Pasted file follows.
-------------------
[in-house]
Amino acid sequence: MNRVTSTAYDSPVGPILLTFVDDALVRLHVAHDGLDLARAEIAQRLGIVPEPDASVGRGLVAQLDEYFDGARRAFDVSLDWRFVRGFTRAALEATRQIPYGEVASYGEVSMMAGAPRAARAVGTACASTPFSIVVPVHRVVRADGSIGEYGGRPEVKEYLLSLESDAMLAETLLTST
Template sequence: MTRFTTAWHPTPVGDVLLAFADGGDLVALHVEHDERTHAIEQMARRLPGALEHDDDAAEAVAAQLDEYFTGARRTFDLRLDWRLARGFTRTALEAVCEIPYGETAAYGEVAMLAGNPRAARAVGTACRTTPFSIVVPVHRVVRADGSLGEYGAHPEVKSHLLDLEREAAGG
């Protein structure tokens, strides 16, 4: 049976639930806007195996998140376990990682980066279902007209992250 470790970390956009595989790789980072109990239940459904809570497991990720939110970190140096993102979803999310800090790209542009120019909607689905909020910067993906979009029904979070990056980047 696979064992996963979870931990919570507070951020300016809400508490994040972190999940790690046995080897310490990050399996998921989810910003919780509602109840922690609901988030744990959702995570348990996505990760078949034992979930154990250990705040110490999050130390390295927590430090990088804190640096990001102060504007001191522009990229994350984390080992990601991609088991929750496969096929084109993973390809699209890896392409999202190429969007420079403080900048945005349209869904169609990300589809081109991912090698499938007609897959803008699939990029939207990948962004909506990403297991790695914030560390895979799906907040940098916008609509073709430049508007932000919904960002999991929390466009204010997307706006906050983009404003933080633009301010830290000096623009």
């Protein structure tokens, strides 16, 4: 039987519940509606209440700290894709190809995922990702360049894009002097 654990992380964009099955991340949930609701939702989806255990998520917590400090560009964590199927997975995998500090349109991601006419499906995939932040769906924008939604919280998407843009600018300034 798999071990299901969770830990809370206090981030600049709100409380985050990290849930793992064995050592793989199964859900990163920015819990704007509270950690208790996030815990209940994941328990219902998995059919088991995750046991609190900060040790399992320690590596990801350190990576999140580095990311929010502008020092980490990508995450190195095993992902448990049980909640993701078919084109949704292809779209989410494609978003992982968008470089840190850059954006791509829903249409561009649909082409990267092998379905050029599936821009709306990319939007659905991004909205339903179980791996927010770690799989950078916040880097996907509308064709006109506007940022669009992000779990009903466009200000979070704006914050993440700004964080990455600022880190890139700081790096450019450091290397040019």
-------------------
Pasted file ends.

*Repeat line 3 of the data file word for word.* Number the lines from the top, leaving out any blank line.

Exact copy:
Template sequence: MTRFTTAWHPTPVGDVLLAFADGGDLVALHVEHDERTHAIEQMARRLPGALEHDDDAAEAVAAQLDEYFTGARRTFDLRLDWRLARGFTRTALEAVCEIPYGETAAYGEVAMLAGNPRAARAVGTACRTTPFSIVVPVHRVVRADGSLGEYGAHPEVKSHLLDLEREAAGG